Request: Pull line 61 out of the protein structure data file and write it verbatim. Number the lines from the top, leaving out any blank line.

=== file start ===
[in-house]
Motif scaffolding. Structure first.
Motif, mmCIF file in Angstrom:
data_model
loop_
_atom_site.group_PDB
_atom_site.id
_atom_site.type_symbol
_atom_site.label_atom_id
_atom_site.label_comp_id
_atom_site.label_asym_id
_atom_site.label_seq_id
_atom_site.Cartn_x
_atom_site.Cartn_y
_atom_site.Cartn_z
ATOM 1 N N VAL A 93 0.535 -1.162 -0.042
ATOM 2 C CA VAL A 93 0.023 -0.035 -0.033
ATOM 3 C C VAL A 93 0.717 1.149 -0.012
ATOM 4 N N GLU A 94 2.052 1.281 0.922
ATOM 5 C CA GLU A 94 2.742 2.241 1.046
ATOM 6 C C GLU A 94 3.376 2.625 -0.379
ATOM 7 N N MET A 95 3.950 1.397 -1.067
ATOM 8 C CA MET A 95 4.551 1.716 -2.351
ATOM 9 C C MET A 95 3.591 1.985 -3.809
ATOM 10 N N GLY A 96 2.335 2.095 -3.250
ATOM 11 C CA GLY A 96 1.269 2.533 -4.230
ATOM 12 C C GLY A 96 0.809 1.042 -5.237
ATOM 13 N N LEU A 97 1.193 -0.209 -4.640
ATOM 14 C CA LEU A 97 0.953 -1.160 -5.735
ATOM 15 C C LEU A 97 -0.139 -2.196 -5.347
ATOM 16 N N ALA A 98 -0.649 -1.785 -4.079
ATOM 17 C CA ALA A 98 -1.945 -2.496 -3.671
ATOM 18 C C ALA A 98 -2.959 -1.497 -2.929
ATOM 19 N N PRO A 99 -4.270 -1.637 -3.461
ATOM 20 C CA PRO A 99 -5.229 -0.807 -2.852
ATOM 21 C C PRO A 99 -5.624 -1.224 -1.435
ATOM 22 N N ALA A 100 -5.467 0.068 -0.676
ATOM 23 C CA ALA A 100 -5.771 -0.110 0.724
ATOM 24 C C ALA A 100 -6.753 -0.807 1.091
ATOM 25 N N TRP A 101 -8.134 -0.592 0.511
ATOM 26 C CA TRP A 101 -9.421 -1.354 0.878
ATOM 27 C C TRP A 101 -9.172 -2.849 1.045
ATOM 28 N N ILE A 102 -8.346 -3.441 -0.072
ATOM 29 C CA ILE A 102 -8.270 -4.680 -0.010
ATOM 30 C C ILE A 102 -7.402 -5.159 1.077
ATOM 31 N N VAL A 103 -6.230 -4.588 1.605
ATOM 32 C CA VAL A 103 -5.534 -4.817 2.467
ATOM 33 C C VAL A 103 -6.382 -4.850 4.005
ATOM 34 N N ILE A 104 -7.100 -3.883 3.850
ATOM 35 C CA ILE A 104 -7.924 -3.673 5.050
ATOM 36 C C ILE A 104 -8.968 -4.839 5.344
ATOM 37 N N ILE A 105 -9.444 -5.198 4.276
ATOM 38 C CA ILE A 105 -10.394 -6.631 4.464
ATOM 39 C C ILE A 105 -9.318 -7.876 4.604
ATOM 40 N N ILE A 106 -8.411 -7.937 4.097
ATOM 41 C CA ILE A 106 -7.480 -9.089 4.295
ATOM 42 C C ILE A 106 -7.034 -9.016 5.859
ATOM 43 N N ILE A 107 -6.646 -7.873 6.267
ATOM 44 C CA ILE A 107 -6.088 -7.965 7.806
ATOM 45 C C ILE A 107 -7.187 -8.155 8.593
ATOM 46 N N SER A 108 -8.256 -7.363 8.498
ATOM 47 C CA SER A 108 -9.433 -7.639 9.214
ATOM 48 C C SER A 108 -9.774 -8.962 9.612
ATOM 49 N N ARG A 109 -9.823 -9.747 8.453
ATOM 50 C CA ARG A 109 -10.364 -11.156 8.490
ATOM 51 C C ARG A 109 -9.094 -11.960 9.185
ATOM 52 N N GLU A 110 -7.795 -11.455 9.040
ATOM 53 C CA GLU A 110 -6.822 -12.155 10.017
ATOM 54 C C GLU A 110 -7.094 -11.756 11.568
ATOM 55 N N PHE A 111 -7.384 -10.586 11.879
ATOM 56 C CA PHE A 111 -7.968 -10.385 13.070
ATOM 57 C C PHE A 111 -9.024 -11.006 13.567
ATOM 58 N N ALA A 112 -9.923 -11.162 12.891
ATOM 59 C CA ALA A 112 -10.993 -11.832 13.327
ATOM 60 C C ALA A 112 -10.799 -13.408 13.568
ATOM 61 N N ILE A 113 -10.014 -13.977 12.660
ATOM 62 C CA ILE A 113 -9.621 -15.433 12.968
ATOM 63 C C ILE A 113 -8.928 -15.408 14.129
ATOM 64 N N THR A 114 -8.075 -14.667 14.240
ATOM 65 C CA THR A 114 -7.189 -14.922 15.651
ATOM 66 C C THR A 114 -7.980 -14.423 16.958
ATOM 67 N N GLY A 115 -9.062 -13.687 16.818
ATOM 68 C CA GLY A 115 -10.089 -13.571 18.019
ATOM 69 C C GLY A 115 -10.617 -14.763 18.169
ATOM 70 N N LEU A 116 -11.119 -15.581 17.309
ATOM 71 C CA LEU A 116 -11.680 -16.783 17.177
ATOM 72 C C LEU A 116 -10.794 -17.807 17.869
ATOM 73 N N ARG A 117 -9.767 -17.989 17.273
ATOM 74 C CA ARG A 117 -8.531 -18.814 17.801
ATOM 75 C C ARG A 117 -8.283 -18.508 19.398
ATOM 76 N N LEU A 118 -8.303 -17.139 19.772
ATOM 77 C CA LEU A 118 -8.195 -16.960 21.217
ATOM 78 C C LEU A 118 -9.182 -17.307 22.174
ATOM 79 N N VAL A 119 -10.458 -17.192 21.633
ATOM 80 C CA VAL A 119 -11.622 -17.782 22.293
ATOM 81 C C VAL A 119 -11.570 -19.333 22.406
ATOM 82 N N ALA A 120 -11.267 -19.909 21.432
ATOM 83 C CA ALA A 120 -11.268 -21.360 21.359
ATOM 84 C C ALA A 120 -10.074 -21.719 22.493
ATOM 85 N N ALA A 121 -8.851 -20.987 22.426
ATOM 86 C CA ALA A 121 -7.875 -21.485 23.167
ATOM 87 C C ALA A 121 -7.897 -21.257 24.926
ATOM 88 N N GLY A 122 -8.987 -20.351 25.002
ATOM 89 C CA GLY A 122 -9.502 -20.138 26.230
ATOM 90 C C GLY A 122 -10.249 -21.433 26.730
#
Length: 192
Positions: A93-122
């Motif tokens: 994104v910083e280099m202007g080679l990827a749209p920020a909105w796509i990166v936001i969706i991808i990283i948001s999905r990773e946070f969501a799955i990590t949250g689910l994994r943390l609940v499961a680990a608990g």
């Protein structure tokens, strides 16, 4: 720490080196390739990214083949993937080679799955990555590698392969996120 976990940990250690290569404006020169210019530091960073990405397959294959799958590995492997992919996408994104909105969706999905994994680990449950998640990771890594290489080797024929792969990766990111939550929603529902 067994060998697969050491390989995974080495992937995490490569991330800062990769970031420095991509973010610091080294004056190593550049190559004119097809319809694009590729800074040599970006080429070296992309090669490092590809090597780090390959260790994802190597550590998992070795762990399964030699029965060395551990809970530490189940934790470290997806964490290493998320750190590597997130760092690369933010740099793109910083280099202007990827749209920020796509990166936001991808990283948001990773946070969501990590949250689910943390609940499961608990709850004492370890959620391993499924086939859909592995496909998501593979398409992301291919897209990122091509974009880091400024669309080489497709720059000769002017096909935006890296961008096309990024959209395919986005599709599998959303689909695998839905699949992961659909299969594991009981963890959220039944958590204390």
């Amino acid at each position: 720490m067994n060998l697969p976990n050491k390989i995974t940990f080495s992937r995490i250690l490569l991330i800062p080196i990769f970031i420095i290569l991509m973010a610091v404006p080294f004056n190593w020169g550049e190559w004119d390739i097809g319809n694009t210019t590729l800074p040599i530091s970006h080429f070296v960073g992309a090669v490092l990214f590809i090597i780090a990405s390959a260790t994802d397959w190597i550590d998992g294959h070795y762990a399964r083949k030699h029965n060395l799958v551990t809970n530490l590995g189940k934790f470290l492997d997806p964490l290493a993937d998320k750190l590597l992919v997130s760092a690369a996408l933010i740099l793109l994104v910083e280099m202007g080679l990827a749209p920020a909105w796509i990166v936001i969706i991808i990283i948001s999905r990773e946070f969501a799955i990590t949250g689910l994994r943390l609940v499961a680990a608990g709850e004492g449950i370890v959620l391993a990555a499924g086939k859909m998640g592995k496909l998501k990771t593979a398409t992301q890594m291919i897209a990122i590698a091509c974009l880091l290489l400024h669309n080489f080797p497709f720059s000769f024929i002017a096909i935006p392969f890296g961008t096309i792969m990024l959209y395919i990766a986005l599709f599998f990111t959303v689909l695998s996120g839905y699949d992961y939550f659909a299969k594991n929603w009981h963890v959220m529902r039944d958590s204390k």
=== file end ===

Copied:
ATOM 46 N N SER A 108 -8.256 -7.363 8.498